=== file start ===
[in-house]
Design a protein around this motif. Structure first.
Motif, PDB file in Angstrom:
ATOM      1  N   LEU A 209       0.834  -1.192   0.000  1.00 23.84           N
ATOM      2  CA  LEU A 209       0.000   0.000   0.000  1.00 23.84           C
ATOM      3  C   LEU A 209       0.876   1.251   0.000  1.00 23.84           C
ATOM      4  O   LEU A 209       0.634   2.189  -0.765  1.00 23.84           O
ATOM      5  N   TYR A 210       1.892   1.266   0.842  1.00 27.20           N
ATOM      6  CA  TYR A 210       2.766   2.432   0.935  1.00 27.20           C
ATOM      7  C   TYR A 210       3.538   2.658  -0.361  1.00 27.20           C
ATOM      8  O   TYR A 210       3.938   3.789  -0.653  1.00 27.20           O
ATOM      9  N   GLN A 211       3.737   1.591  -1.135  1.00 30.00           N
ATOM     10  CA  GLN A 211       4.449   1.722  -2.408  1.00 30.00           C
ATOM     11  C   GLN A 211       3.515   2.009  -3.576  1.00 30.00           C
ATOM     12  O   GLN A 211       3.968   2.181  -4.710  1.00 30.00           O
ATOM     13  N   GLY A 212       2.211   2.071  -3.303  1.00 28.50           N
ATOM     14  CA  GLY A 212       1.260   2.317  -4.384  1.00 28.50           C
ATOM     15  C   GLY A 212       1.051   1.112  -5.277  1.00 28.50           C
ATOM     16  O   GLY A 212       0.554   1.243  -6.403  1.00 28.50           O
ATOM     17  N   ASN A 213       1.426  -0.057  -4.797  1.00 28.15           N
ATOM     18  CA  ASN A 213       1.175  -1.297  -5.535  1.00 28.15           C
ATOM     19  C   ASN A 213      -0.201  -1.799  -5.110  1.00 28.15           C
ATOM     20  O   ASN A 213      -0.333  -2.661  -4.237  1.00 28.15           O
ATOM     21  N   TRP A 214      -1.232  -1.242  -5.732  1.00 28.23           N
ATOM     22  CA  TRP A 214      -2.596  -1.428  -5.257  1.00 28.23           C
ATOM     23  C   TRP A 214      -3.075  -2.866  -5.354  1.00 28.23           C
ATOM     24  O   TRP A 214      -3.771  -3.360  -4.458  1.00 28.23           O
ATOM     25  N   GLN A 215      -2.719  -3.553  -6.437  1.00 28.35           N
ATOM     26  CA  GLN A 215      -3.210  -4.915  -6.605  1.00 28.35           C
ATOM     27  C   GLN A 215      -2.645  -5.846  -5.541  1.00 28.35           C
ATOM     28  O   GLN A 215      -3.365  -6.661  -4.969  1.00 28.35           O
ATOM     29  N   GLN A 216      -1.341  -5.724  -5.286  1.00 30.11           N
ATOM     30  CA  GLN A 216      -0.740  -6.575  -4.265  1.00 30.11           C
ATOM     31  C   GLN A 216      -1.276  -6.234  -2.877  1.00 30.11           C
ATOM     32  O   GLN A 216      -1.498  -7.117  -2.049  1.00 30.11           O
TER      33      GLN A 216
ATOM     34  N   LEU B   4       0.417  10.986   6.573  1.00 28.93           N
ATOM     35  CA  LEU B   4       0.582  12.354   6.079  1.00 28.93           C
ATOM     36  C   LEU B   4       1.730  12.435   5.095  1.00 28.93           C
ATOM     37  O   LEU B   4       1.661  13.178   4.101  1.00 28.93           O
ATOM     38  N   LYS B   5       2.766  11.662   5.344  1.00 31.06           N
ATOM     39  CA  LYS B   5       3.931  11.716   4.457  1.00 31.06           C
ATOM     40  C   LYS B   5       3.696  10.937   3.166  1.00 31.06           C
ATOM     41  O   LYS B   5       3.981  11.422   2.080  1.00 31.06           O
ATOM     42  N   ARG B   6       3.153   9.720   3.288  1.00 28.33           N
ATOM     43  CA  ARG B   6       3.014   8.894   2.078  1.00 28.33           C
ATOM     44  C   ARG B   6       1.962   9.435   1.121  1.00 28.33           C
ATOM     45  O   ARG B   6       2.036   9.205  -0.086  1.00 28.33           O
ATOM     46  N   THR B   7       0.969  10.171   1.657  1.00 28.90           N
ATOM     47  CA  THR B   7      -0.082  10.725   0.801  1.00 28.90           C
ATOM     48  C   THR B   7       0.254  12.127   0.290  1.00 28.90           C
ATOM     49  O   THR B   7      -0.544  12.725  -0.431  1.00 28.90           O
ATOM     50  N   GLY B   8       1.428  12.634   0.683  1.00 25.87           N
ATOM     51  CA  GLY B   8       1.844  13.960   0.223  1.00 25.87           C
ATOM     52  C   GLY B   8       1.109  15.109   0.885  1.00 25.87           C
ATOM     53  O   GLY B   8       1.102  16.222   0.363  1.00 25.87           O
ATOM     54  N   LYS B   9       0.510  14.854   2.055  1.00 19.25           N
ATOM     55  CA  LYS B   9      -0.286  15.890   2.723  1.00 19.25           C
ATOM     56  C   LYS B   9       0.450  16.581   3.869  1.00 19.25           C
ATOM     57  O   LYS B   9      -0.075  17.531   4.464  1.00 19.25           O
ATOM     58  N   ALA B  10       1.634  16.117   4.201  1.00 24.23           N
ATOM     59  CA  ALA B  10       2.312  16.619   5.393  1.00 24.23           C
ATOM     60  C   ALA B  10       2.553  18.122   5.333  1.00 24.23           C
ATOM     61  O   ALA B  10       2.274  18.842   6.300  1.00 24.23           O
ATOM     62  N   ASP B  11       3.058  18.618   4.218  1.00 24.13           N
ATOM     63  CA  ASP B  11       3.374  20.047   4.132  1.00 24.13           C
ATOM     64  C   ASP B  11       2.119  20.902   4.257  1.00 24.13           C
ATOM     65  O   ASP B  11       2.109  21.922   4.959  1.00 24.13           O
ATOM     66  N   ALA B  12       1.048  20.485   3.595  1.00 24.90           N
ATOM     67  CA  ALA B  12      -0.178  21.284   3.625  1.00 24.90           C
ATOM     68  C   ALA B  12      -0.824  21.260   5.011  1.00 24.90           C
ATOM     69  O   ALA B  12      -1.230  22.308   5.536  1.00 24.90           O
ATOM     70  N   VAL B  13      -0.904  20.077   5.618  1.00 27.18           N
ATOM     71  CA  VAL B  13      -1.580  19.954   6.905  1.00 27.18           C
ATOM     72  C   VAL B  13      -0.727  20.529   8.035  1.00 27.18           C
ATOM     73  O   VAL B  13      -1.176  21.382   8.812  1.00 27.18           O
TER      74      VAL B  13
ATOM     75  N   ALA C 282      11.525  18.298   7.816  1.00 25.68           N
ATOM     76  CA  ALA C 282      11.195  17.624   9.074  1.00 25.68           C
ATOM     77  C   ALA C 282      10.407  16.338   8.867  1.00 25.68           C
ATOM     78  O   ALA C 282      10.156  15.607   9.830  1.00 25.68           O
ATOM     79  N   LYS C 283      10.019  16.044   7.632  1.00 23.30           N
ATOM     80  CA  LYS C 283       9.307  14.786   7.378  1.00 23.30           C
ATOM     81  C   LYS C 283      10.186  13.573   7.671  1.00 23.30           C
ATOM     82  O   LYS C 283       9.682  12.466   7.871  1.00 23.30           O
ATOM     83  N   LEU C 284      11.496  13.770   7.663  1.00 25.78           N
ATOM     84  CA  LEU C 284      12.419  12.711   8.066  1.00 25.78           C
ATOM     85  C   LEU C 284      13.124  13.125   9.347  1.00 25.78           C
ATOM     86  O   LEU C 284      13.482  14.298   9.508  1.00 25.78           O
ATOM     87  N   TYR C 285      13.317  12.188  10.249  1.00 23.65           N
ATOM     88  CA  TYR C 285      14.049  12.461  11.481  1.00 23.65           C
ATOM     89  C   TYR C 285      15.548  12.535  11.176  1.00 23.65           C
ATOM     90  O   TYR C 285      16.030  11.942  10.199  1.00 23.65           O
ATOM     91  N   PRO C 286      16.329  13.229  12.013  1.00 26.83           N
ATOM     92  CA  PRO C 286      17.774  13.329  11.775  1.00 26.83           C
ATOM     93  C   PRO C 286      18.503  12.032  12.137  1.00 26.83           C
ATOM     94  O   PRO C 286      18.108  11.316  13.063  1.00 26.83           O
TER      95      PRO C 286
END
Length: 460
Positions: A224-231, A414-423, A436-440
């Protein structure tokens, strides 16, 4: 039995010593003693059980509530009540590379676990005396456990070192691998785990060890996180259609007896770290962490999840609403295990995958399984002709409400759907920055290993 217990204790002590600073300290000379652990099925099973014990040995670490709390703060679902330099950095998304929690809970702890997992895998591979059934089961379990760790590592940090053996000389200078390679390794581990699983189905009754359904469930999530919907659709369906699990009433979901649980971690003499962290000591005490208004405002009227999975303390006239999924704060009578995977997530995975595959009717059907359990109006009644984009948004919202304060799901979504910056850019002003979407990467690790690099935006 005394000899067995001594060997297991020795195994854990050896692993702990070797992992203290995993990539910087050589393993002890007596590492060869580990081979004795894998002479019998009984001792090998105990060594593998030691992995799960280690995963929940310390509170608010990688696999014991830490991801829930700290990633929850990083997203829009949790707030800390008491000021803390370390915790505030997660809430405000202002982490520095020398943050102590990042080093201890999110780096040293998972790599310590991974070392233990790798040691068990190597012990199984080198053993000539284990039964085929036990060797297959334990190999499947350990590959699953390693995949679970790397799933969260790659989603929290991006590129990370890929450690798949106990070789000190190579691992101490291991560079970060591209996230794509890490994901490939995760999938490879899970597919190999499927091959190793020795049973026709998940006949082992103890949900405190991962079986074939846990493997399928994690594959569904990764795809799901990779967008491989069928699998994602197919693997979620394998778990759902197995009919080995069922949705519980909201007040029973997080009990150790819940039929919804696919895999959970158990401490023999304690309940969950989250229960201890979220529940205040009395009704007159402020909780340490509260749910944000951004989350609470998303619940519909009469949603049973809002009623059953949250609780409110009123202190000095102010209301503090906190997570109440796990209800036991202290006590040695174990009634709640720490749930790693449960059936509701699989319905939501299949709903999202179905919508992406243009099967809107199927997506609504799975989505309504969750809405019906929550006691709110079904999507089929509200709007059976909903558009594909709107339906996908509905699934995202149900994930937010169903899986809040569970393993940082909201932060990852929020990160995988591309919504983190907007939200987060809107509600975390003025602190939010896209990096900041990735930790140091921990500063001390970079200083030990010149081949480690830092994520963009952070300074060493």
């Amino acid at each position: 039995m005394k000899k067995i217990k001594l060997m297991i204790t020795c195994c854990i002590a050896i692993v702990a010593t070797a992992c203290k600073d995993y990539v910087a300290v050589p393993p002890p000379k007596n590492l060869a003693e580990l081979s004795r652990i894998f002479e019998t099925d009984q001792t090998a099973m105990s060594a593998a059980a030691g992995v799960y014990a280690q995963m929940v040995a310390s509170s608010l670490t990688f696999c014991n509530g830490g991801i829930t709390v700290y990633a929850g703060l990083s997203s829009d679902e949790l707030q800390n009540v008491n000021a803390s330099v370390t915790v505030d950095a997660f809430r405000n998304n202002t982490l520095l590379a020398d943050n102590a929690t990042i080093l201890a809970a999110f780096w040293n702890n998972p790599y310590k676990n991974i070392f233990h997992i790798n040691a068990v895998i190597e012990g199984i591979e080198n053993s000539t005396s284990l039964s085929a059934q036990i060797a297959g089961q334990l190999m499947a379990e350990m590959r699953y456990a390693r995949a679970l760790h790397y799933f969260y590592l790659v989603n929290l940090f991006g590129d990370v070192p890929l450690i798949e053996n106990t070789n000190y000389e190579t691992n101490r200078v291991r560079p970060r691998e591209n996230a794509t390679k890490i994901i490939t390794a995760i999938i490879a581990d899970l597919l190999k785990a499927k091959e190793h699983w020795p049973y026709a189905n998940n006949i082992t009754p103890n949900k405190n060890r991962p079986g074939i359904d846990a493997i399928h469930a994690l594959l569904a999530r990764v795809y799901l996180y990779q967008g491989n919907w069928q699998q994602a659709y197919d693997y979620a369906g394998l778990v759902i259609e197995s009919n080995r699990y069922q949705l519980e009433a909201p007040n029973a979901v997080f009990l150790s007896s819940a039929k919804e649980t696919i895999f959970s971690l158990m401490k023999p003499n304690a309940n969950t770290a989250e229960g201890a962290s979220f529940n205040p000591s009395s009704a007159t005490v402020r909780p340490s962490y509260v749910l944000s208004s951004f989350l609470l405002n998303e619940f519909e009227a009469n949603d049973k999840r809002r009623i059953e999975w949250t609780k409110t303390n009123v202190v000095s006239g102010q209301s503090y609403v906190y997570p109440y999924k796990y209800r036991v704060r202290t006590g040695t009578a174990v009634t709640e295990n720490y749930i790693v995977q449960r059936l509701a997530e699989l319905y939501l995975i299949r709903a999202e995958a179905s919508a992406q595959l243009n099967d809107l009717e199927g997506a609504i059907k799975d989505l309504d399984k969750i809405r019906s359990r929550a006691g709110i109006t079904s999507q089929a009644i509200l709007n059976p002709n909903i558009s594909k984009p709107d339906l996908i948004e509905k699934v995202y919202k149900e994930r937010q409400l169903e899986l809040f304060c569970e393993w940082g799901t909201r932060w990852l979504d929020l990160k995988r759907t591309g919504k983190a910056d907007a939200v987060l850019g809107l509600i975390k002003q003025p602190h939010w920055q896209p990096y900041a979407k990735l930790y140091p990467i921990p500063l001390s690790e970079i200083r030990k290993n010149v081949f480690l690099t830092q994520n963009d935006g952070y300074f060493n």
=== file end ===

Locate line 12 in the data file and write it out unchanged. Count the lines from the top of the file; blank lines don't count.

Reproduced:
ATOM      9  N   GLN A 211       3.737   1.591  -1.135  1.00 30.00           N